Participants in the Remission from Chronic Opioid Use, Studying Environmental and SocioEconomic Factors on Recovery (RECOVER; ClinicalTrials identifier: NCT03604861) study reported positive outcomes, including high opioid abstinence, according to findings published in the Journal of Addiction Medicine.
Efforts to combat the opioid epidemic have primarily focused on the promotion of overdose-reversing medications. However, little is known about the long-term outcomes of pharmacotherapy for opioid use disorder (OUD). In this 24-month observational study, researchers sought to capture 12-month outcomes from individuals who had previously participated in a buprenorphine extended-release subcutaneous injection (BUP-XR) trial.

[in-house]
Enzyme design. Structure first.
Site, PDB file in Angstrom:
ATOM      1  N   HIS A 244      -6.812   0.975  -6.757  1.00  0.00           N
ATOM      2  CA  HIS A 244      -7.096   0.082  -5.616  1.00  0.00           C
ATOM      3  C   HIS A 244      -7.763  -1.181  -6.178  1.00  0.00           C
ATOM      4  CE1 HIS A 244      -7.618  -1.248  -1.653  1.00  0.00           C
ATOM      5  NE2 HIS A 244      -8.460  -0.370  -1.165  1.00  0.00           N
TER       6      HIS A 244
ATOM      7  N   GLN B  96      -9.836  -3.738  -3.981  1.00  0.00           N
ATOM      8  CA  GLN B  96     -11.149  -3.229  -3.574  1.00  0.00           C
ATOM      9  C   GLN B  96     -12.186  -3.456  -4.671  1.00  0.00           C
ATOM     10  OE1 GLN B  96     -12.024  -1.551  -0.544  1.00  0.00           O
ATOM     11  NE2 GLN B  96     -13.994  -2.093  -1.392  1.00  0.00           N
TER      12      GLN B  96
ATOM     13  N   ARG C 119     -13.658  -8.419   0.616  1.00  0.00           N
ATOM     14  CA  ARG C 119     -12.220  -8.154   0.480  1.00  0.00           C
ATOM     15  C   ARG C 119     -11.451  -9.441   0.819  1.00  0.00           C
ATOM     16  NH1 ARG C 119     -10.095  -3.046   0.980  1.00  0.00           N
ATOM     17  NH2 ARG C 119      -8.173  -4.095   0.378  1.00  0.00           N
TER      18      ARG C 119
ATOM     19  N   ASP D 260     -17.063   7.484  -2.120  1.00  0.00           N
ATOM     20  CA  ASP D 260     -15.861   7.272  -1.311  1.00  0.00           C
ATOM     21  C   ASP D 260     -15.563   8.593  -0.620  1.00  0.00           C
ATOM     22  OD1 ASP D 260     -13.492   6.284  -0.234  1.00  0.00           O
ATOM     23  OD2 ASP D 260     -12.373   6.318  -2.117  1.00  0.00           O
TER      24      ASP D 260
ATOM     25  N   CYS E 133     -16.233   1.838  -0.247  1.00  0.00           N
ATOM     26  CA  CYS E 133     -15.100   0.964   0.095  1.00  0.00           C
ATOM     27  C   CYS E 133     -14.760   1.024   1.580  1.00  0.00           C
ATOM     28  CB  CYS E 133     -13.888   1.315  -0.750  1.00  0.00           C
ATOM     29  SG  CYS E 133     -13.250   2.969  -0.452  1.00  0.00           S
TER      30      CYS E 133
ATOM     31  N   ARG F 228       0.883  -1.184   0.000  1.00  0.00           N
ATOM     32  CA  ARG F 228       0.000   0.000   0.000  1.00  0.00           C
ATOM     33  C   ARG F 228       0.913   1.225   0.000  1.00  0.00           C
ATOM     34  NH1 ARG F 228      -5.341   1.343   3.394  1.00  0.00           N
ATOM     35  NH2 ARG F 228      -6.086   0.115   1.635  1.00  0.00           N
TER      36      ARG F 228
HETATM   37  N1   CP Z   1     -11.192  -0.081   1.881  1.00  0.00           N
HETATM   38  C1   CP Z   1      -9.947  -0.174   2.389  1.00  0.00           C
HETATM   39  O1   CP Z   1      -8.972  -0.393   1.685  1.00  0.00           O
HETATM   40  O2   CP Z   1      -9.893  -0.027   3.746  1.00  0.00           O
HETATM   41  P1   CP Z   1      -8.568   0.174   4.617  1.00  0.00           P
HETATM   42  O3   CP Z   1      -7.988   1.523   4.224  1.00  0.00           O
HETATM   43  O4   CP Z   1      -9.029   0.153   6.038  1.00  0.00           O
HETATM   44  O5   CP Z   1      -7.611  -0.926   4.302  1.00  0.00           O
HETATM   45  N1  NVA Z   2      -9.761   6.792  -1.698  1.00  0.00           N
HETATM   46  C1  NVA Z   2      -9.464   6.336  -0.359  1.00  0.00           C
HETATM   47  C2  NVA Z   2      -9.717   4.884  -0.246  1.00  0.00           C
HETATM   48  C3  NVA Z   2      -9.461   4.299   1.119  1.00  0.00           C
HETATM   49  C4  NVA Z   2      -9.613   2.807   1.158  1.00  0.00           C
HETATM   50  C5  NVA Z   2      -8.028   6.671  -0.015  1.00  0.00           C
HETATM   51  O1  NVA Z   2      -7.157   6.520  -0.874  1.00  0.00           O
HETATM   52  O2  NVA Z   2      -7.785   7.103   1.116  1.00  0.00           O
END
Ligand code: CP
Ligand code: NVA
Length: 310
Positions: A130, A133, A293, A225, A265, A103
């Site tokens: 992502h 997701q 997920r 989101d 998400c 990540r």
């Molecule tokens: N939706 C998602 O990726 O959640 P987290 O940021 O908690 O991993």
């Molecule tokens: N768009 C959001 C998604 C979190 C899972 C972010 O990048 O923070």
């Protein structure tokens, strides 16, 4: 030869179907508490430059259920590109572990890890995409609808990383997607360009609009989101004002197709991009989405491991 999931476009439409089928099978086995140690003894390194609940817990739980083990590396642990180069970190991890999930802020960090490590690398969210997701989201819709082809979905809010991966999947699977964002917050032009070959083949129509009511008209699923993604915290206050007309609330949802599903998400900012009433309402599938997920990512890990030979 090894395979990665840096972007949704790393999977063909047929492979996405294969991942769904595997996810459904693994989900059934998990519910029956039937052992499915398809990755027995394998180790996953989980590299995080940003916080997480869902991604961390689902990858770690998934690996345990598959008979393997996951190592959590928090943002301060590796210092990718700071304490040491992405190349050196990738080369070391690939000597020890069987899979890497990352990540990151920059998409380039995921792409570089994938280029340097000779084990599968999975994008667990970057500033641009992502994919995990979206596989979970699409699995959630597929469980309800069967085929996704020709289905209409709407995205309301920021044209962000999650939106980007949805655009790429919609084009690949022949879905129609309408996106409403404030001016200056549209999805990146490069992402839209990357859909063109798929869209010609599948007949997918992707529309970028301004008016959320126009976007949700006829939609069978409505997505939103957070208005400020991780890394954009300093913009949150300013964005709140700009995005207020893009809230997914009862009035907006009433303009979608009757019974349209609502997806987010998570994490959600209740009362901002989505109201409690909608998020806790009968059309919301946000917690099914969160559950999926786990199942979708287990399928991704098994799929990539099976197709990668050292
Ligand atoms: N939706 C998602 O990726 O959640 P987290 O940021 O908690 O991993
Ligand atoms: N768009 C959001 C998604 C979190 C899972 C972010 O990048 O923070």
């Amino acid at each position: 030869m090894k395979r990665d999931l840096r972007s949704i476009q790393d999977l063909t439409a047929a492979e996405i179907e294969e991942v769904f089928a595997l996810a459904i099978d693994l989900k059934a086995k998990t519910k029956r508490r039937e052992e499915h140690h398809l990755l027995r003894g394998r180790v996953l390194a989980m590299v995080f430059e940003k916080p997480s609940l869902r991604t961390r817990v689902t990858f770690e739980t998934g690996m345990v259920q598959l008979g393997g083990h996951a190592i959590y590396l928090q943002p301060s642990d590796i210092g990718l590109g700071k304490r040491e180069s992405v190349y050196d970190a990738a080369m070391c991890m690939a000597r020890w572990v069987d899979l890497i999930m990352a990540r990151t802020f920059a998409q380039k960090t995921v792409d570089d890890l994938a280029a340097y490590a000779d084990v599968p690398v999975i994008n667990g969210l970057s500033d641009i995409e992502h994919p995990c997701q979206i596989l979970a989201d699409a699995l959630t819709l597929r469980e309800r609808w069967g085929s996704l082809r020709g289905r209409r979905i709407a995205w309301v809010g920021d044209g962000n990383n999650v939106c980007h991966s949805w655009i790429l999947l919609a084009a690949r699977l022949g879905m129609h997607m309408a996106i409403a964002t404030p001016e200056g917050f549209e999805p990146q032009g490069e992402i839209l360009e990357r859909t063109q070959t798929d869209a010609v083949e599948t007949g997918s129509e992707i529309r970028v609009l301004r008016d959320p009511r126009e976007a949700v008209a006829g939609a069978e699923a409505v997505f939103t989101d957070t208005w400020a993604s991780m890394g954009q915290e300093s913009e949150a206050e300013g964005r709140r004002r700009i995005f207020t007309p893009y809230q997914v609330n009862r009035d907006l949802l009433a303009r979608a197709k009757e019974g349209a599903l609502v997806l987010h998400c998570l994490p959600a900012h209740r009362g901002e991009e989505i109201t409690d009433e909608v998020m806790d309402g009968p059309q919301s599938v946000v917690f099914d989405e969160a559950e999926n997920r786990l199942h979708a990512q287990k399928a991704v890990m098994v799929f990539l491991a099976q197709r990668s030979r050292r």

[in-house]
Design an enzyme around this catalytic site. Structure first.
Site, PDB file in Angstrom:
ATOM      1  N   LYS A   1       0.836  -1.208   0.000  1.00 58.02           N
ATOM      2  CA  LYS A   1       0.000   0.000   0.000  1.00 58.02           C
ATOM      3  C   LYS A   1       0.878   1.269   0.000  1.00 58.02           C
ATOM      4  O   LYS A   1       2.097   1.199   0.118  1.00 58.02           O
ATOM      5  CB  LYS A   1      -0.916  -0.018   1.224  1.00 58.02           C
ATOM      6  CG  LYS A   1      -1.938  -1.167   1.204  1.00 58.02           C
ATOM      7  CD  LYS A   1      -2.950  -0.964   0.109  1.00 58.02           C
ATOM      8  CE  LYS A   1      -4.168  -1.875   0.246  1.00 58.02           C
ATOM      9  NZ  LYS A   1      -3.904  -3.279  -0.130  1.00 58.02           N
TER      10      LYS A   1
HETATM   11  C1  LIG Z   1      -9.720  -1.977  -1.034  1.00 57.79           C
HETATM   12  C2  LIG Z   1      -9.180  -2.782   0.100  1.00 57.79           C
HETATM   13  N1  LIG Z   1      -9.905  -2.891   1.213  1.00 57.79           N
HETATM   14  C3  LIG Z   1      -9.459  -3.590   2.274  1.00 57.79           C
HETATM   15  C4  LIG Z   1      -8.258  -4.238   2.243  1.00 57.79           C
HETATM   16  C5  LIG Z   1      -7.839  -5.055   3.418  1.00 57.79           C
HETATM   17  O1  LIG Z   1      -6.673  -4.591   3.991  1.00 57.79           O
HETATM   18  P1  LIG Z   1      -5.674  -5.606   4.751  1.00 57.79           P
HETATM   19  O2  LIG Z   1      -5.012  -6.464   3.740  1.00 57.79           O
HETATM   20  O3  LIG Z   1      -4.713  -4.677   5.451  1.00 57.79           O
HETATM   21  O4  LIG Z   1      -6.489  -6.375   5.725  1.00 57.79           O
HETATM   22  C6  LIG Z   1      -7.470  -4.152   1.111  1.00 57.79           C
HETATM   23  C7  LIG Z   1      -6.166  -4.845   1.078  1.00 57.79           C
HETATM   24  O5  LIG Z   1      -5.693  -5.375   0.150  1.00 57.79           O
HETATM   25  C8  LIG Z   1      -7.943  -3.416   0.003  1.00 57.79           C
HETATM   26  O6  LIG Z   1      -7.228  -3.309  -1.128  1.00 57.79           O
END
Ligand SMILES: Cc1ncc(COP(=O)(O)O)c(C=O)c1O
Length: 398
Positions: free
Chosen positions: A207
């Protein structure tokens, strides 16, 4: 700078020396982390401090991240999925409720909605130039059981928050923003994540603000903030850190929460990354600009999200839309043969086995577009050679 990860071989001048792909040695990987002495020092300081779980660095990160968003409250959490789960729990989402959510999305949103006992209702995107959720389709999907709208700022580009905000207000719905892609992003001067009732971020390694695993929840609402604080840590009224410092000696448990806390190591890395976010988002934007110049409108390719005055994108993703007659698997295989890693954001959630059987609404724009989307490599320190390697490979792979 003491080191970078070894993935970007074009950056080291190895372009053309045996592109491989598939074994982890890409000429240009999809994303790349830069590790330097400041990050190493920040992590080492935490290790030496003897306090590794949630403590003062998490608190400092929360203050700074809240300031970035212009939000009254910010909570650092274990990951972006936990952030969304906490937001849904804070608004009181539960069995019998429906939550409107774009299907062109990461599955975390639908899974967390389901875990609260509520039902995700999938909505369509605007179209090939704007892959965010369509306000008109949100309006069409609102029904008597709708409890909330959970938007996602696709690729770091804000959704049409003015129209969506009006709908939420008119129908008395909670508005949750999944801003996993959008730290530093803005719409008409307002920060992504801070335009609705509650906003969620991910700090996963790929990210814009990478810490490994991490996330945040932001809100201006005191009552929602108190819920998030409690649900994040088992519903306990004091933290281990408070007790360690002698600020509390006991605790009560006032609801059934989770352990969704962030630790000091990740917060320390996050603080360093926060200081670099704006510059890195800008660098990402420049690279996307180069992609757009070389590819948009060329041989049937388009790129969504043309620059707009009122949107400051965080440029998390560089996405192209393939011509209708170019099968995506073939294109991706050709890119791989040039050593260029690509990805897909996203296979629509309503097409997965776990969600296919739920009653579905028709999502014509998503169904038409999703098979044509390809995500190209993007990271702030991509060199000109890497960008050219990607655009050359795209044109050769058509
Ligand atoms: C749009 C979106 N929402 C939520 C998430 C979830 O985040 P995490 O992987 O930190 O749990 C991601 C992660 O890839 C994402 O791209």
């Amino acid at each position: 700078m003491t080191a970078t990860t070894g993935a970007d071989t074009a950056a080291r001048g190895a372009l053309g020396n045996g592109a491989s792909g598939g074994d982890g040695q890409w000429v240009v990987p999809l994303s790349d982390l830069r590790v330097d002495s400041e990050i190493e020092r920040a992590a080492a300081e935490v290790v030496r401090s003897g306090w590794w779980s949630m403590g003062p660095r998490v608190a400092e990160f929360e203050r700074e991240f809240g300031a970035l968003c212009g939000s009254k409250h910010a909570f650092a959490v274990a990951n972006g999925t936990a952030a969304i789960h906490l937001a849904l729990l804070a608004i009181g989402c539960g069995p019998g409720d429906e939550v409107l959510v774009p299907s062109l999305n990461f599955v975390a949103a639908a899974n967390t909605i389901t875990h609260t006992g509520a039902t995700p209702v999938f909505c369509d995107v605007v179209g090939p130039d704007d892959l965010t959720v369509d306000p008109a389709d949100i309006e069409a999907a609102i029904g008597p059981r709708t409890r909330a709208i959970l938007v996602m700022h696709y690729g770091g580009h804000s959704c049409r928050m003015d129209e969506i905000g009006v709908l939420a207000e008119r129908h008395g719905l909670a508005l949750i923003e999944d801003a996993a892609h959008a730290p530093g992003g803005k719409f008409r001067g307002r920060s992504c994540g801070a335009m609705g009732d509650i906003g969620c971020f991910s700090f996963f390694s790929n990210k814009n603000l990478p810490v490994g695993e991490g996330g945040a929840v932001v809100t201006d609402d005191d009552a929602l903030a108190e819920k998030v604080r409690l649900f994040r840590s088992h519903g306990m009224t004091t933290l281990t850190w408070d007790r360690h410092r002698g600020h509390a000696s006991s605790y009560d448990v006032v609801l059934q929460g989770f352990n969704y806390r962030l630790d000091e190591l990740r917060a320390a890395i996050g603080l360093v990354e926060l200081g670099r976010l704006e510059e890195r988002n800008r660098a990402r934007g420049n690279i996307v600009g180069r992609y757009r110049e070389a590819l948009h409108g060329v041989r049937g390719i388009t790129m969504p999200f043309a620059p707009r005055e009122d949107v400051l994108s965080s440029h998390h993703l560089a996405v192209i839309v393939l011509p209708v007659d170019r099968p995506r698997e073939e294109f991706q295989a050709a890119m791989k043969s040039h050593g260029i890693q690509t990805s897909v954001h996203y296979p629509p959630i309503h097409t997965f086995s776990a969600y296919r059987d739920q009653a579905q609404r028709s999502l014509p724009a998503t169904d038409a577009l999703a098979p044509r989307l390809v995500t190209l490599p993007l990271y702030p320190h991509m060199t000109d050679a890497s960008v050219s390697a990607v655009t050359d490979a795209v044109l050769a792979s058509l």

Participants were asked to complete detailed self-administered assessments concerning substance use, treatment for substance use disorder, and psychosocial measures. Researchers assessed sustained opioid abstinence over the course of 12 months and self-reported past-week abstinence at 3-, 6-, 9-, and 12-month visits. In addition, pain, withdrawal, health-related quality of life, employment, and depression at RECOVER baseline and 12-month visits were compared with values collected before treatment in the BUP-XR trial.